BELIZE CITY, Fri. Jan. 22, 2016–In late 2015, Mexico had sought the extradition of David Nanes Schnitzer, 47, an international fugitive, wanted for his alleged involvement in a multimillion-dollar Ponzi scheme. The warrant was handed down months before Schnitzer, who was living in Belize as David Banes, managed to get bail for a traffic offence, but it was never executed. Belizean officials had claimed that they could not hand Schnitzer over because the extradition treaty with Mexico had not yet been incorporated into domestic legislation. Parliament is now moving to rectify that with an amendment to Belize’s Extradition Act, which already covers extraditions to the US and to Guatemala.
Schnitzer, who was stripped of his Belizean citizenship after his arrest, for allegedly obtaining it through fraud, disappeared after he was released on bail on November 20, 2015; and although that proverbial horse is already out of the gate, a bill was tabled in Parliament on Friday to finally formalize Belize’s extradition treaty with Mexico. This would mean that once it becomes law, the Government of Belize would have the executive authority to implement extradition warrants from Mexico.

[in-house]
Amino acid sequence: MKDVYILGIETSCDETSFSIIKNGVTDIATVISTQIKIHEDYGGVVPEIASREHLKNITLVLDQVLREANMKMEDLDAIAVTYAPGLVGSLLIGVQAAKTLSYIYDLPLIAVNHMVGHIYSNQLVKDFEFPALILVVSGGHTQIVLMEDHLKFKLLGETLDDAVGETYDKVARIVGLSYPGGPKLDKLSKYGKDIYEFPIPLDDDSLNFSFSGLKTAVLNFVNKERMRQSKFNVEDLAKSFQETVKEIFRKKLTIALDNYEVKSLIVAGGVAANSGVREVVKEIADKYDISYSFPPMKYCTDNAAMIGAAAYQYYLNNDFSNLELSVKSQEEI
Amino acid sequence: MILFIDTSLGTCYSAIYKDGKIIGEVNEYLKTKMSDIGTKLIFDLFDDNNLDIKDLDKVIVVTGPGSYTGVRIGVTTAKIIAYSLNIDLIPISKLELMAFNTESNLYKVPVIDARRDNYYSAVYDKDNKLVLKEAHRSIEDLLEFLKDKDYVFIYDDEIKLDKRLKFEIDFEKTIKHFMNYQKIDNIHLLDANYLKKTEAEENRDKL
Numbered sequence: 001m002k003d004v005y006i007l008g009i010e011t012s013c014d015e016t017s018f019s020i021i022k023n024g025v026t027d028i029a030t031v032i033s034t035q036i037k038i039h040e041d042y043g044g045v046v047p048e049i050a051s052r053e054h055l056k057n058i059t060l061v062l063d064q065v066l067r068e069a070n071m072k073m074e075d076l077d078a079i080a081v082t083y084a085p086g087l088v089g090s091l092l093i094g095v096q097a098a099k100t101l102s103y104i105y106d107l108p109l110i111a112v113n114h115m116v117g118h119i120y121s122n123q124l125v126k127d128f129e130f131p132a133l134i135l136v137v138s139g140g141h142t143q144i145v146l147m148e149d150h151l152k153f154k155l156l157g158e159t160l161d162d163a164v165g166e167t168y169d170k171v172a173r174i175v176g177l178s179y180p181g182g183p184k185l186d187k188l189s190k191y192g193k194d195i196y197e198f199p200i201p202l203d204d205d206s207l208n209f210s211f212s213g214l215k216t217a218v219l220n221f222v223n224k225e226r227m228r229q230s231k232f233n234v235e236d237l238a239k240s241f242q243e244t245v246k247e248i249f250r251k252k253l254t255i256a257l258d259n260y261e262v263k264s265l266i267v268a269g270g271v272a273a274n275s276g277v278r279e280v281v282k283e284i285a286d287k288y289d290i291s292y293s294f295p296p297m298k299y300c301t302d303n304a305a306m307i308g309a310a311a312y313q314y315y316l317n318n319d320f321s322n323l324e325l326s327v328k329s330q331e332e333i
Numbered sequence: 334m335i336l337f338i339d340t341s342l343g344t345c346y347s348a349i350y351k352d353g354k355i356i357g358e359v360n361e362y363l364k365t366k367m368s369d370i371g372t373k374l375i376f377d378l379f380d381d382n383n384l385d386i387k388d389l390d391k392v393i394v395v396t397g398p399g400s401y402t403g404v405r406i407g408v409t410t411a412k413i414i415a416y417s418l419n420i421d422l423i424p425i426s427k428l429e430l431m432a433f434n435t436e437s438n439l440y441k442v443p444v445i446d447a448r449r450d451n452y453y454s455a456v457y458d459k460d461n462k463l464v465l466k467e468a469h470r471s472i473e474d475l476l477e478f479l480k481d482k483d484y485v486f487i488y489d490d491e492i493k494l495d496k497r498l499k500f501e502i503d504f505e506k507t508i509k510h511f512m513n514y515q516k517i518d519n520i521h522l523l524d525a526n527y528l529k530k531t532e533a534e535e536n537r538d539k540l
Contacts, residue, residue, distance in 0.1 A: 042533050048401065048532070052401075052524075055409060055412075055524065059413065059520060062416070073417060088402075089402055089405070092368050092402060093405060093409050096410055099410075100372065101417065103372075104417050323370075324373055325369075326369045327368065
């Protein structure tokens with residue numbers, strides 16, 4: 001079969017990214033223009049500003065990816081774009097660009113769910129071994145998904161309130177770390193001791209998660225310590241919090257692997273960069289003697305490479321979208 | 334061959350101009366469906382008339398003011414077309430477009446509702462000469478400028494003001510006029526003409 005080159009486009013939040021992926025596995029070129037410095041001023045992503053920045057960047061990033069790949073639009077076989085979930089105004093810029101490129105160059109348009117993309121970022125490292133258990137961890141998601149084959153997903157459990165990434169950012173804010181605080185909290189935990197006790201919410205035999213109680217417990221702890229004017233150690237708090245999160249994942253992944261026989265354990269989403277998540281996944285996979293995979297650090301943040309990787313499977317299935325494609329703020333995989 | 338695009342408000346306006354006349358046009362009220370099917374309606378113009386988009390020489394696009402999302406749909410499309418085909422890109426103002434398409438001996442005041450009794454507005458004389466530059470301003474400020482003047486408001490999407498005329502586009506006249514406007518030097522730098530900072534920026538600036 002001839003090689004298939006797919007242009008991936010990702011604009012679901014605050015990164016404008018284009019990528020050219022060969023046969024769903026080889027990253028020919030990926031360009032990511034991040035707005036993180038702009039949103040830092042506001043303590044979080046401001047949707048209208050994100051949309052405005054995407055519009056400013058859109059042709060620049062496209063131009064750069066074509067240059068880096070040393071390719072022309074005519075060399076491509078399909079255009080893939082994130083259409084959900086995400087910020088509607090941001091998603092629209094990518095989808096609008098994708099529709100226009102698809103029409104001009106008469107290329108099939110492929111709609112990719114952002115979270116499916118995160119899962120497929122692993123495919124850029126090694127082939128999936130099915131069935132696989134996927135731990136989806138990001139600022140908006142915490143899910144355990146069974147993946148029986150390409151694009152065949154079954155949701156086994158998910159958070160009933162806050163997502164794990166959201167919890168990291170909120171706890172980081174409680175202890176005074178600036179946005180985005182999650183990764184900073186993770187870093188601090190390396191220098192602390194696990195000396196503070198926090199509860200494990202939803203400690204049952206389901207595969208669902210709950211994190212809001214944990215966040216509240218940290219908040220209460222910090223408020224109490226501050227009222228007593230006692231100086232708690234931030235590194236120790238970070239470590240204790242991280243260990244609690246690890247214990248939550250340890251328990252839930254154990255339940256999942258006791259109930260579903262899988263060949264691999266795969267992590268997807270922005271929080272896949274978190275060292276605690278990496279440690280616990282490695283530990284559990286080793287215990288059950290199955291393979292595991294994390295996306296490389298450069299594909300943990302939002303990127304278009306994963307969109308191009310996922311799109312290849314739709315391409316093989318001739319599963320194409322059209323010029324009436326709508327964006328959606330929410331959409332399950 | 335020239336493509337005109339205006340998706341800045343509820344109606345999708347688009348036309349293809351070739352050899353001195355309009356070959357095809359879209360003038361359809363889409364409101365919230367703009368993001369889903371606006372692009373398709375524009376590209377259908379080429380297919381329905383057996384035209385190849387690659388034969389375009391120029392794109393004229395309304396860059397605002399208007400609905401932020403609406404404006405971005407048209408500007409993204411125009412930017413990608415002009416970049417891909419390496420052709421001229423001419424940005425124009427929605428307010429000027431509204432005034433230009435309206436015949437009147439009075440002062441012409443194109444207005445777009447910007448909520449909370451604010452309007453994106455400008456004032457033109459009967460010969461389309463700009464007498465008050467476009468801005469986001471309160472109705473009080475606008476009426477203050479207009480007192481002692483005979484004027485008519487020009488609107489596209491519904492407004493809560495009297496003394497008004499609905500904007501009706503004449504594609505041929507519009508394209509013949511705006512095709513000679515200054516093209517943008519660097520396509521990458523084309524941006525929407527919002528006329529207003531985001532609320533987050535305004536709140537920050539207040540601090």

Speaking in the House of Representatives meeting held in Belmopan today, Foreign Affairs Minister Wilfred Elrington, who is the United Democratic Party member for Pickstock, said in proposing the amendment to Belize’s extradition legislation, that the treaty was actually signed back in August 1988—27 years before the Schnitzer warrant.
“It was actually signed and ratified, but for some reason, it was never incorporated into the domestic law, and for the treaty to have efficacy when we have requests for extradition from Mexico, it is necessary for the treaty to be part of our domestic law,” Elrington added.
The proposed amendment to the Extradition Act is to be passed up to the Senate for approval in March.
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I do not use drugs nor do I condone the use or selling of it. But Law